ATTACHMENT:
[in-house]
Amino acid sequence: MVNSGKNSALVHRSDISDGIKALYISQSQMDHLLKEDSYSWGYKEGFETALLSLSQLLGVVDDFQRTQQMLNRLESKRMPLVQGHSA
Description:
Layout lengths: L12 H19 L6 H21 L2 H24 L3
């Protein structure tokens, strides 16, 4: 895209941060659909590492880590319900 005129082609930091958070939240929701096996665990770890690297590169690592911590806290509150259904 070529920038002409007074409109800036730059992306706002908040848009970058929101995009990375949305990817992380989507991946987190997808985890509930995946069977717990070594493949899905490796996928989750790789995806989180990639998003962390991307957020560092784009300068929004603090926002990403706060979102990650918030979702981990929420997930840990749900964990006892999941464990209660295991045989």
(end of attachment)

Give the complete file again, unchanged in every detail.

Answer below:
[in-house]
Amino acid sequence: MVNSGKNSALVHRSDISDGIKALYISQSQMDHLLKEDSYSWGYKEGFETALLSLSQLLGVVDDFQRTQQMLNRLESKRMPLVQGHSA
Description:
Layout lengths: L12 H19 L6 H21 L2 H24 L3
């Protein structure tokens, strides 16, 4: 895209941060659909590492880590319900 005129082609930091958070939240929701096996665990770890690297590169690592911590806290509150259904 070529920038002409007074409109800036730059992306706002908040848009970058929101995009990375949305990817992380989507991946987190997808985890509930995946069977717990070594493949899905490796996928989750790789995806989180990639998003962390991307957020560092784009300068929004603090926002990403706060979102990650918030979702981990929420997930840990749900964990006892999941464990209660295991045989």